Breast cancer: myths vs reality
New research into DNA analysis has allowed scientists to test how likely women are to develop breast cancer and give them a rate of prognosis, while a recent report from the US has found that over $4 billion is spent in America every year due to incorrect mammography results and subsequent breast cancer over diagnosis.
Both reports have put breast cancer back into the spotlight, and as the most common cause of cancer in women in the UK, it’s important to understand the disease and separate facts from fiction.
The recent US report illustrates that women must come to terms with the fact that mammograms do not definitively discover the disease and it is not a prevention method. It is important rather to become familiar with the breasts as opposed to relying on this annual check-up.
In medical testing, false positives also raise chances of false negatives, which will not find cancerous tumours. There are also no long term studies of the effects of exposure to mammography, but consequently there is little else as effective for early diagnosis of breast cancer.
Without a definitive success rate it is important for women to consider the shortcomings of mammograms and to consult their doctor more frequently for clinical breast examinations. Knowing what is normal for your breast is also crucial in the screening process.
A common myth with breast cancer is that it comes in the form of a lump. However, a lump may never appear in a breast cancer patient. Women should be on the alert for any change in their breast such as swelling, skin irritation, pain, nipple retraction, redness, or discharge.
A relatively unknown fact is that no two breast cancers are the same. There are many sub-types and they respond to different types of treatment. Learning about these differences will allow women to make informed decisions about treatment for their sub-type. If a particularly small lump forms it should not be unconsidered due to size, as some forms of breast cancer are so aggressive they cannot be effectively treated with the remedies currently available.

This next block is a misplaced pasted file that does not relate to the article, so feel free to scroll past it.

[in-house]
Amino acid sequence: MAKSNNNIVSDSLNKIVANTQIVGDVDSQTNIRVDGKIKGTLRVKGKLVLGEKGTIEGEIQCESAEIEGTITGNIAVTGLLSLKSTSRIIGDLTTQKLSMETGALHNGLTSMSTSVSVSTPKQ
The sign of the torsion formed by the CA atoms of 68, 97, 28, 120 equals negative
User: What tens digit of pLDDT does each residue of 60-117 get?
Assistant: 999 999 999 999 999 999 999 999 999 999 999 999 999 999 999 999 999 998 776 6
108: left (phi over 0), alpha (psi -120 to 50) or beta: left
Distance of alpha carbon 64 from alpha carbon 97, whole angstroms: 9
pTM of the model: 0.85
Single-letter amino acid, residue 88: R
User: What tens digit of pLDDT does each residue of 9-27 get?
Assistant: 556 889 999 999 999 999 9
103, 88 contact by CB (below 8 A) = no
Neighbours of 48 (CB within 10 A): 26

A popular consensus is that most women with breast cancer have a family history of the disease. While family history allows for an increased risk of the disease, large number of women who develop breast cancer do not have an affected close relative.
Underwire bras have been blamed for stimulating cancer-causing toxins in women but scientists disapprove of this theory. The type of underwear, or tightness of an undergarment, is believed to have no connection to breast cancer risks.
Breast injury has been linked with breast cancer, although there is no evidence to support this. Experts deem injuries lead women to focus on their breasts and ultimately discover a tumour that had already been there.
Breast cancer not only affects women but also rare men. In the UK 73 men died from breast cancer in 2012. Lack of awareness is believed to cause men to ignore breast lumps until the cancer has spread too far to be cured.